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Knowing the Art of Bidding and Managing the Bid Process

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Organizations seeking to procure facility management (FM) services should introspect on reforming their processes and strategies with an eye on deriving the ultimate benefits of FM. At the same time, it is equally essential for FM service providers to build comprehensive standard operating procedures to manage their bids and go the extra mile to understand the dynamics of winning bids. Bidding is a science that bidders must fully comprehend, including all elements inside and outside the RFP. It should not be a purely theoretical approach that adheres only to the requisite terms of the RFP. Instead, bidders should take cognizance of factors like business intelligence, such as incumbent service provider information, baseline budget and any other evolving dynamics related to the proposed contract. They should understand that efficient bid management is not the only factor that matters; bid politics, stakeholders’ chemistry, and market intelligence can add tremendous value to the bidding process. Understanding the bid politics, stakeholder dynamics, their relationships, and their position of power in decision-making are critical pieces of information. The connection that bid teams make with client organizations through initial interfaces, such as clarification calls, sessions, site visits, or technical presentations is bid chemistry, which helps build positive vibes. Having market intelligence regarding access to information on competitors, incumbent critical project information, and information like budgets or clients’ key pain points can be beneficial. Managing all these equations requires a specific skill set that the bid team should master.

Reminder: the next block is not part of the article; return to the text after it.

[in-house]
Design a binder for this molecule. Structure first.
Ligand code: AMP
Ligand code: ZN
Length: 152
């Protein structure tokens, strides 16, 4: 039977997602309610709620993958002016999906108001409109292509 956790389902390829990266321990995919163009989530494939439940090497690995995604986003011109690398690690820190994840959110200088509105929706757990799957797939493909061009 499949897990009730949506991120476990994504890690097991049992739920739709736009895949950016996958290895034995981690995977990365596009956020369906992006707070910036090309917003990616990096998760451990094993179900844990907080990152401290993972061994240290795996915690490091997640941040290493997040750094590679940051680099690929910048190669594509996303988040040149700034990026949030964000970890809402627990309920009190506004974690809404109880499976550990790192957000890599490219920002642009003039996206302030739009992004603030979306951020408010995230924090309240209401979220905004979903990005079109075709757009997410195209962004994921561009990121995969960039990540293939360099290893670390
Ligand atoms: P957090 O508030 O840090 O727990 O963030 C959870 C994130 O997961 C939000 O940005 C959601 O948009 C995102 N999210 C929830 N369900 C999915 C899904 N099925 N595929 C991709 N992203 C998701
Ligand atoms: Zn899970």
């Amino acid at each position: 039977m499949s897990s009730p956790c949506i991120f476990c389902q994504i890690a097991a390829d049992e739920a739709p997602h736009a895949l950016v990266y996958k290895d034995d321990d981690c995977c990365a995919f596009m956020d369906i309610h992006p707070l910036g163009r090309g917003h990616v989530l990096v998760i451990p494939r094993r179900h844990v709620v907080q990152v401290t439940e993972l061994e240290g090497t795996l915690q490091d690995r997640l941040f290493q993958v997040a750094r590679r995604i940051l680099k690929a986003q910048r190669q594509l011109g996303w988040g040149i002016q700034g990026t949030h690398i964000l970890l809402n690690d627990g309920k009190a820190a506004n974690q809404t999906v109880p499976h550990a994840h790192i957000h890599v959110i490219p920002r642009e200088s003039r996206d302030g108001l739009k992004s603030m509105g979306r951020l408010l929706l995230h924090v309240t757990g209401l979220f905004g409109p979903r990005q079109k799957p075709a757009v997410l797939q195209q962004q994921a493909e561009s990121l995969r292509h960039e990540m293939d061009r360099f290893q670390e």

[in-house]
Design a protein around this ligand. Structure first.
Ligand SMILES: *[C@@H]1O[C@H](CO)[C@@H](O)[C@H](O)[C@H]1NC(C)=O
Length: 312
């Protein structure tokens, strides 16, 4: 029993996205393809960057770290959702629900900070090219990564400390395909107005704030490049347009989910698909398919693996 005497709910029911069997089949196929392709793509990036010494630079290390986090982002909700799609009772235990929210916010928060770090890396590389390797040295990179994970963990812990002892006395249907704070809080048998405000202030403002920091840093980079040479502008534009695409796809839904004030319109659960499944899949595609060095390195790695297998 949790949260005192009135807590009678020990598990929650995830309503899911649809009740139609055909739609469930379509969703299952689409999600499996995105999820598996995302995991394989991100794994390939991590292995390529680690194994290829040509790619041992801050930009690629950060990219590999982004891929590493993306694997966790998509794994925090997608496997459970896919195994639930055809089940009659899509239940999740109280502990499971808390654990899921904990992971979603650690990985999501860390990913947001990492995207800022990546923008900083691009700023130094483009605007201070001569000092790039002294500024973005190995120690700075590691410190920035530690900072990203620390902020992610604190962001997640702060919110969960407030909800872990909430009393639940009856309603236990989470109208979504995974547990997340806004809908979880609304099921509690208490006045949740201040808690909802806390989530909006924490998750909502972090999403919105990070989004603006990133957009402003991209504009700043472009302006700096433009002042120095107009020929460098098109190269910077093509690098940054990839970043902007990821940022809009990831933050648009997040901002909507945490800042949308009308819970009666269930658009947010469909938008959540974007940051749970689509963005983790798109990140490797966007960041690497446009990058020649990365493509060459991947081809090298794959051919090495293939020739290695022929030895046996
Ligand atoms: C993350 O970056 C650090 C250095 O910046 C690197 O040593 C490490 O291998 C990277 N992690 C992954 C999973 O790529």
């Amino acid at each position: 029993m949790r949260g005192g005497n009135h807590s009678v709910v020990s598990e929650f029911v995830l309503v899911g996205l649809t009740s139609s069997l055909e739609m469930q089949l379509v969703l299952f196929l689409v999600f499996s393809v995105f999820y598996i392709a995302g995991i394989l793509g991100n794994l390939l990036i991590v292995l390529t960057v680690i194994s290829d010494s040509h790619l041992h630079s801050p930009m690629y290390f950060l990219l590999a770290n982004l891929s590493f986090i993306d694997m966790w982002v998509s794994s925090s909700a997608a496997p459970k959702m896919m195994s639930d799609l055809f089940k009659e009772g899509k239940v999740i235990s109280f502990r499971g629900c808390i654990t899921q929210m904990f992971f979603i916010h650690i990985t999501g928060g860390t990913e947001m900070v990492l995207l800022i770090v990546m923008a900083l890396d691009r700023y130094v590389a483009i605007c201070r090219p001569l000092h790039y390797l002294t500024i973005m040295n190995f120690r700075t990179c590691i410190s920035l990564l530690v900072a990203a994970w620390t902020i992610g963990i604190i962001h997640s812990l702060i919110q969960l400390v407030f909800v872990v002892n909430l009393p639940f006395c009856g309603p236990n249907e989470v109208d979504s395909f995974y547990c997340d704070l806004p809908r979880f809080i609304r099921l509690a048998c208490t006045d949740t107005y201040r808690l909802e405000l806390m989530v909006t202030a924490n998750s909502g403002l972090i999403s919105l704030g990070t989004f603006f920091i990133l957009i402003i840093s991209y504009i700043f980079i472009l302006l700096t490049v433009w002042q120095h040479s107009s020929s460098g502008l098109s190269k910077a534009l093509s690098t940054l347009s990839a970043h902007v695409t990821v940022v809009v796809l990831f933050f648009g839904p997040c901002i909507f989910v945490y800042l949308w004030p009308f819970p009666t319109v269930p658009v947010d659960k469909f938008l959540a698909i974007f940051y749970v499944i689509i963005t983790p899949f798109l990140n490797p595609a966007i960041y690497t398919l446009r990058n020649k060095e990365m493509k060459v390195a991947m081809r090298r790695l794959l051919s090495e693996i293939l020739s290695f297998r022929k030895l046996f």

It is critical to consider these factors, regardless of the qualitative aspect of the submission. At EFS, we follow a comprehensive set of procedures with a defined framework known as Gate 5. This framework includes five well-defined stages, from a bid-no-bid decision to a detailed review of the RFP, defining the responsibility matrix between site estimation and preparing the technical specifications. This is followed by a site visit and estimation, preparing the technical and commercial analysis, and a thorough review of the process in tandem with the RFP and the company’s own risk guidelines. These are essential for prudent bid lifecycle management while maintaining all the requisite checks and balances.

 

In addition to defining the well-established structure of the bid organization, FM companies must emphasize the skill set of the bid team, with each having the necessary skills between technical knowledge, writing, and commercial prudence. A clearly defined responsibility matrix between technical and commercial teams and other stakeholders is also required.

 

Besides the accuracy and quality of bid submission, extra caution must be exercised to ensure that the commercials in the bid are commensurate with the intrinsic cost of the services and various components. It must not be a submission to win at any cost but the cost that service organizations can sustain financially while meeting the client’s contractual expectations. In essence, when responding to a request for proposal (RFP) for a facility management contract from client organizations, consider the following steps: